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What was one interesting search string or web sourcing trick you have learned in the past week?

In the spirit of sharing, I'd like to invite all new members to post a suggestion here.

Here is mine: I have discovered that the filetype: operator on Google not only looks for files of certain types such as DOC, PDF etc. but would simply look for any given "ending" of a URL. As an example you can search for filetype:uk to look for pages ending in .uk.

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Sounds great Irina.

I've another good & effective search shortcut for Google which yields good results in the form of resume's.

For ex; (intitle:resume | inurl:resume) -Guide -Post -Writing -Create -Distribution Java developer

This search will result in all Java developer resume's. If we put;

(intitle:resume | inurl:resume) -Guide -Post -Writing -Create -Distribution Java developer, DC

This search will result in all Java developer resume's for the DC region.....
I have been trying to get my arms around this concept however when ever I go and take another stab at it it seems I get alot of garbage. What do I mean as garbage I just ran as suggested this string

(intitle:resume | inurl:resume) -Guide -Post -Writing -Create -Distribution Java developer

And it give me 35,000 pages and most are over 2 years old... What am I missing. Would it be easier to use job boards and even if I select the all date range and start from the end moving forward.

Just a guy from the old school
Hi Wayne,

The query that you tried is ((intitle:resume | inurl:resume) -Guide -Post -Writing -Create -Distribution Java developer) was written specifically for google. It would not work well in other search engines. So I will assume you tried it in google. The keywords terms "guide, create, writing, post, distribution" are terms that are selected to screen out resume sites and at that is effective but it is my thought that you can zero in better by a better use of keywords. Also by using the intitle or the inurl commands you are unnecessarily narrowing your results without first knowing what the keywords will bring.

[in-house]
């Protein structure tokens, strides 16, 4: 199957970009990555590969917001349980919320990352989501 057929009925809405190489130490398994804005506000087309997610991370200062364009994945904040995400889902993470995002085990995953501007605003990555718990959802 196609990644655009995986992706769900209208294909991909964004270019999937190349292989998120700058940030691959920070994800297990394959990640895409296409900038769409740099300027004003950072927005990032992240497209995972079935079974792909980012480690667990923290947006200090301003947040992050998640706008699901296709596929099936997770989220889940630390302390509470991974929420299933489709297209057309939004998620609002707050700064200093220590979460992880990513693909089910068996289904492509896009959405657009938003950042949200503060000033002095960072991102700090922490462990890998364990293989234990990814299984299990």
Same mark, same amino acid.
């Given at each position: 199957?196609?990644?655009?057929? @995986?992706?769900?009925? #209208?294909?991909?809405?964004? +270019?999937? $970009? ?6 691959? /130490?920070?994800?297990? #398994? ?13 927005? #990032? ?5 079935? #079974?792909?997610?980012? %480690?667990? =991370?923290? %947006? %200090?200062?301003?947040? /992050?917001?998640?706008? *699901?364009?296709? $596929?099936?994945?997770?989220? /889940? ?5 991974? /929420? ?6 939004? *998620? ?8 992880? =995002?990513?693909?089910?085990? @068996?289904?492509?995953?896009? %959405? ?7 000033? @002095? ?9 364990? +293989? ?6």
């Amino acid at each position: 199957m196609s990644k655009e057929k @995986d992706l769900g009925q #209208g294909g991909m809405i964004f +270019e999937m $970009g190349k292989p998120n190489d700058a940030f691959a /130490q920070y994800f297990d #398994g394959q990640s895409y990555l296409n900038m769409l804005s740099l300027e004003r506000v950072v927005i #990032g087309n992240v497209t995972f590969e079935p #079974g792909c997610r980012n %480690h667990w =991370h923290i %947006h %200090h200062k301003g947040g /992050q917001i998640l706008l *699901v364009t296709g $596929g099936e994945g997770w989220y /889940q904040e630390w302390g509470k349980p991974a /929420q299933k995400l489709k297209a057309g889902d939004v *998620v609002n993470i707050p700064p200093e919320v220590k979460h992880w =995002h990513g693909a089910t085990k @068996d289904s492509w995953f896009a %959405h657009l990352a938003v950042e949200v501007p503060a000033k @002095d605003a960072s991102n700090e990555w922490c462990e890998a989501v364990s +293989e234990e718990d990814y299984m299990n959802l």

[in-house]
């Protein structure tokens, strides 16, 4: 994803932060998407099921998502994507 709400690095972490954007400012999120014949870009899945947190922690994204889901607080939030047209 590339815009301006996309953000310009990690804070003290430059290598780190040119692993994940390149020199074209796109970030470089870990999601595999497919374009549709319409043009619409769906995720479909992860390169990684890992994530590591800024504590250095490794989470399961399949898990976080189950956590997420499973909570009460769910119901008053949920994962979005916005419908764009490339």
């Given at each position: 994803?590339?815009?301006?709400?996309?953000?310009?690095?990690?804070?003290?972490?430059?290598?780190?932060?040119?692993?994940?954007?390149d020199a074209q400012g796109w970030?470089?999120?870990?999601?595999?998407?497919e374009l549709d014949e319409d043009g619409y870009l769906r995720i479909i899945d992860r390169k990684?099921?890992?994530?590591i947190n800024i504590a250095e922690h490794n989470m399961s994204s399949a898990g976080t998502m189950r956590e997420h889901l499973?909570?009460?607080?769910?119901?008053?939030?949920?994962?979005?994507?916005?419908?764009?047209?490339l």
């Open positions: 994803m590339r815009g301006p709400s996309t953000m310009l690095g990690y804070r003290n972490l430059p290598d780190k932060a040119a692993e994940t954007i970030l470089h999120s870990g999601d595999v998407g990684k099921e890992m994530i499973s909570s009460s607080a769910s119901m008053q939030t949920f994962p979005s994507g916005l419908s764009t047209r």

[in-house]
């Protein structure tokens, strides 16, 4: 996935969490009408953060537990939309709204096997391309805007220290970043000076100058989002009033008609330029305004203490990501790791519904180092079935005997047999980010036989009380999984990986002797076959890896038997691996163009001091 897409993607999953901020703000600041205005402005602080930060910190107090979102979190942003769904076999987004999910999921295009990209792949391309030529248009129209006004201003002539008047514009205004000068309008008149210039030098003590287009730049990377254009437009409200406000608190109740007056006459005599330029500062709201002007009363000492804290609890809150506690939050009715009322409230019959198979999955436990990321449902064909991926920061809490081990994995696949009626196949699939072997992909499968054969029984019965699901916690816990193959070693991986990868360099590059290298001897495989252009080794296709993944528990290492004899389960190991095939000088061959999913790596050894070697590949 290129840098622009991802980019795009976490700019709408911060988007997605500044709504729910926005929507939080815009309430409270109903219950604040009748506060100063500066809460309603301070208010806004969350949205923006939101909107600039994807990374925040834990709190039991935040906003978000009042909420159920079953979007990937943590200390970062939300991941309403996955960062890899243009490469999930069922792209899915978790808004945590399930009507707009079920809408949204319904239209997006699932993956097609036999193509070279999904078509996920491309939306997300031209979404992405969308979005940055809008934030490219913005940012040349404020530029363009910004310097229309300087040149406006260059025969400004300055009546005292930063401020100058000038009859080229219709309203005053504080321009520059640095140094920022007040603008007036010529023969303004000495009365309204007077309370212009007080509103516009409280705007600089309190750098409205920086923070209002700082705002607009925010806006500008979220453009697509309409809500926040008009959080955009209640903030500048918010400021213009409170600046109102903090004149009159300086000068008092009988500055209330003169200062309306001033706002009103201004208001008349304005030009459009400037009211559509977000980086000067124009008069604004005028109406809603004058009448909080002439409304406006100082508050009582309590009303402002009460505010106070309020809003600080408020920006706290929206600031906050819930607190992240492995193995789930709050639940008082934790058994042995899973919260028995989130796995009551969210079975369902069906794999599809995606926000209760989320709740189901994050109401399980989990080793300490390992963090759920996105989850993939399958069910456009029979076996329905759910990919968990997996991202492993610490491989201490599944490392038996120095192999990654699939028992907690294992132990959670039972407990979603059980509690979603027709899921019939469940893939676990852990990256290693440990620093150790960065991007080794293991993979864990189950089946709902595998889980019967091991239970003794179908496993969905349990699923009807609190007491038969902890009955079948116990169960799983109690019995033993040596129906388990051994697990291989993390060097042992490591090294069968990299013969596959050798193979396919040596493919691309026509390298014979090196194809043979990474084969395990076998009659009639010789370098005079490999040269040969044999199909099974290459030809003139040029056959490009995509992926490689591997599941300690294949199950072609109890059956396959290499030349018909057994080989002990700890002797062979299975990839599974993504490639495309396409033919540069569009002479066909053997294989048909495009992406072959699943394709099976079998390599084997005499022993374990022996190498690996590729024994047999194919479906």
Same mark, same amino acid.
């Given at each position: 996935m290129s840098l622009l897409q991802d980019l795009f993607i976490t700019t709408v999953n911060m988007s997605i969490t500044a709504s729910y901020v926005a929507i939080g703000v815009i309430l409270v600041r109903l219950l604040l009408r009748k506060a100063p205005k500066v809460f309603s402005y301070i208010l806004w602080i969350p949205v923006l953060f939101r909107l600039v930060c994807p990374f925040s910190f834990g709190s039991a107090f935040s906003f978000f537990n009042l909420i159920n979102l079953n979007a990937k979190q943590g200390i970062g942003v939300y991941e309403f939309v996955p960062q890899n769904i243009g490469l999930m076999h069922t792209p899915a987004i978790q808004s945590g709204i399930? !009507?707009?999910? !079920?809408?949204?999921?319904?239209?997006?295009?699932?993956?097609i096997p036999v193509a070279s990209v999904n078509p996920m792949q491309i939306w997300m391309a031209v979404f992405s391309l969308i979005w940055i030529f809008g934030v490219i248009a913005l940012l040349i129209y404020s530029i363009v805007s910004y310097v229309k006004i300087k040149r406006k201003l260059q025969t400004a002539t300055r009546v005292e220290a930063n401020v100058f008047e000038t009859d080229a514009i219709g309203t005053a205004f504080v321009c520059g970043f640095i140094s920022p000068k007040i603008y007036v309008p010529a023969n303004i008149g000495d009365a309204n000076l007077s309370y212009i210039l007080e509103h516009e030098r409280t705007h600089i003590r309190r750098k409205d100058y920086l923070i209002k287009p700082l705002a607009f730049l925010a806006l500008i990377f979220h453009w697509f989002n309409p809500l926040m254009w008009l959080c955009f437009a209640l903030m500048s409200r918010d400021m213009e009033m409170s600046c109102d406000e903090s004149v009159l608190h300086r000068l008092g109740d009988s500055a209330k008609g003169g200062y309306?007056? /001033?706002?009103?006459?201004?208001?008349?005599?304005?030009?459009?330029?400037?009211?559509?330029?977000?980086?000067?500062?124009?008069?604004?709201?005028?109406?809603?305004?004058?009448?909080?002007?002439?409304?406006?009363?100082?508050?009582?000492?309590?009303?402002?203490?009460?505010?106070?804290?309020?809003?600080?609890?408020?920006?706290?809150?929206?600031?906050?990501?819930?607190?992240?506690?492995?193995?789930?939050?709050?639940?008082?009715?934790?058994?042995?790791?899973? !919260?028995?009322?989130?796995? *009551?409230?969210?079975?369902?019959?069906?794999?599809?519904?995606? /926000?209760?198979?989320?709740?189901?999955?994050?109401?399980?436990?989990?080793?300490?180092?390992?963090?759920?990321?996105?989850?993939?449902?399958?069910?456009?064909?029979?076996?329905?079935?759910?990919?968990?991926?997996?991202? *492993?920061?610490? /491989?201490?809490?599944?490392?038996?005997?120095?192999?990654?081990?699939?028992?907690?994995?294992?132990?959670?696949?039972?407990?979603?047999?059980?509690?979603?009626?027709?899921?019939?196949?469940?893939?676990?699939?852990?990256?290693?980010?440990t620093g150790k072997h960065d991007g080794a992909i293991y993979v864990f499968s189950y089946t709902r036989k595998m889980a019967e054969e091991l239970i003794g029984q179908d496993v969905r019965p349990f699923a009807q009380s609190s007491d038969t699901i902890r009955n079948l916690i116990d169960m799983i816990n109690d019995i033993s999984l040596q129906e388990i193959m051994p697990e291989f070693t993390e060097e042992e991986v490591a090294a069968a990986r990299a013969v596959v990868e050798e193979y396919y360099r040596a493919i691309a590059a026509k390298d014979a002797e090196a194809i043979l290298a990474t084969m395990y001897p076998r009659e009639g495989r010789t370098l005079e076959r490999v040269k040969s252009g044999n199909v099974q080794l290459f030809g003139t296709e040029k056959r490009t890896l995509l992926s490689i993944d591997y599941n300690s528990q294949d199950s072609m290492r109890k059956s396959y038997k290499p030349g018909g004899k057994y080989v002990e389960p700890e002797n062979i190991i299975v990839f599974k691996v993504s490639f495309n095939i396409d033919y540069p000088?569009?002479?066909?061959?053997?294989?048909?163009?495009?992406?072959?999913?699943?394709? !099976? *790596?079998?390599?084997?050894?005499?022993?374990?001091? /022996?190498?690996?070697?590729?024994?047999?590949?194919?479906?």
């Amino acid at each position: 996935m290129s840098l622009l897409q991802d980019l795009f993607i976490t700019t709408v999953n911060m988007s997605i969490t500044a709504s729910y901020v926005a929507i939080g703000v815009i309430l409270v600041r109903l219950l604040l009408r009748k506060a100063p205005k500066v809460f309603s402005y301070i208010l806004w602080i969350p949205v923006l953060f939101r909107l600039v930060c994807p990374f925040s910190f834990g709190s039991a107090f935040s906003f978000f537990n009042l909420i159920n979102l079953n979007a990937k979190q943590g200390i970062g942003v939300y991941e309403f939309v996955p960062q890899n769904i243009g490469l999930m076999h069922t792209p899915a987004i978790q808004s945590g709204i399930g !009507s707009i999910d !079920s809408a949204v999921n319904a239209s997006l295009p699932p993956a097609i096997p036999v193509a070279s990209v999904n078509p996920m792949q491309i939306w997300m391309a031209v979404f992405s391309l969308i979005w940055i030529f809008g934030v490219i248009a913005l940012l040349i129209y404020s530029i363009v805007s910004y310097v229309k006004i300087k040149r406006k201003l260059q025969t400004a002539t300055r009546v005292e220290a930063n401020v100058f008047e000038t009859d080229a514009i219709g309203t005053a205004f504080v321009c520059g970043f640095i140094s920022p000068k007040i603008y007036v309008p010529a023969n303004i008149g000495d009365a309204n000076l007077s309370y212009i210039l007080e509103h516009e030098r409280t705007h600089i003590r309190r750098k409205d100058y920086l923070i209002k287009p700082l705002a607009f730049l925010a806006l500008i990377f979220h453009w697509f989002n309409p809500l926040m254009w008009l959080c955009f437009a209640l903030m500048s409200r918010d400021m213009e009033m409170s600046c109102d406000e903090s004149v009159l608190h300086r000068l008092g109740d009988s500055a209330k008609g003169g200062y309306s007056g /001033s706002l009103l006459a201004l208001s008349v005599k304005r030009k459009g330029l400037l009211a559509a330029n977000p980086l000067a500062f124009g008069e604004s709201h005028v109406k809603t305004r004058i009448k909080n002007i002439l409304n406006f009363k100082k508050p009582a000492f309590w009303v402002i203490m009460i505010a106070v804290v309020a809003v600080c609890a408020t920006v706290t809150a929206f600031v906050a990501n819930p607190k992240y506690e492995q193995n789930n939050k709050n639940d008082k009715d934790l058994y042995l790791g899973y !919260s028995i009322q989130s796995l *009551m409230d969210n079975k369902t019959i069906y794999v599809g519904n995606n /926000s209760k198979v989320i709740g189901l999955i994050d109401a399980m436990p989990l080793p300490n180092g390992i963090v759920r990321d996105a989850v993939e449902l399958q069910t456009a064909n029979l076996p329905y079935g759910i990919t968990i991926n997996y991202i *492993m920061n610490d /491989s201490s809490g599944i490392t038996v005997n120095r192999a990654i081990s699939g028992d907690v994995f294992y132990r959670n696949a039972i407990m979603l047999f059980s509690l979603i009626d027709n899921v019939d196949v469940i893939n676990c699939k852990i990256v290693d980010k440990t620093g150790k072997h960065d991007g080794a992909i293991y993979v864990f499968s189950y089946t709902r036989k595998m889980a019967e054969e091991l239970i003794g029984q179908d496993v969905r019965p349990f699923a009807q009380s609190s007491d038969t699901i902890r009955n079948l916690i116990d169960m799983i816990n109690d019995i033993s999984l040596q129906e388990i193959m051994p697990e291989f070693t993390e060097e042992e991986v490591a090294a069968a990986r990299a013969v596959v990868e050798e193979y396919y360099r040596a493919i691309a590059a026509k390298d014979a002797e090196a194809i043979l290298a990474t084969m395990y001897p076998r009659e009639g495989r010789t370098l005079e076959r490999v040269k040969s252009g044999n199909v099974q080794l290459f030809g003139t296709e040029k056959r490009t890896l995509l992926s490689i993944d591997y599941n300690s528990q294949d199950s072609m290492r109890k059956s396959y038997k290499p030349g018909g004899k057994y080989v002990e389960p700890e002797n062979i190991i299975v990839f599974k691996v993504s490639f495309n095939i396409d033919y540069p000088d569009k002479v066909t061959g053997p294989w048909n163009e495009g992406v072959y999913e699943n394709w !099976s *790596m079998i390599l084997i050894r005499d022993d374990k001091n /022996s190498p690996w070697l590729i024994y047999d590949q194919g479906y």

From the inital search string I deduce that we are searching for java developer. I would write my query differently, perhaps even simpler. I would focus on keywords that maybe indicate skills that only a java developer would use such as "soap or beans". Also the term "DC" I am assuming is to indicate a preference for the Washington, DC area, you might be better served by using zip codes like 20001, 20002, 20003.

By now the search string would look like - resume java beans (20001 OR 20002 OR 20003) and in google that would return in the neighborhood of 3,120 results. if you wanted to narrow further by date you can go to the advance search and select the different date narrowing options.

I hope this helps

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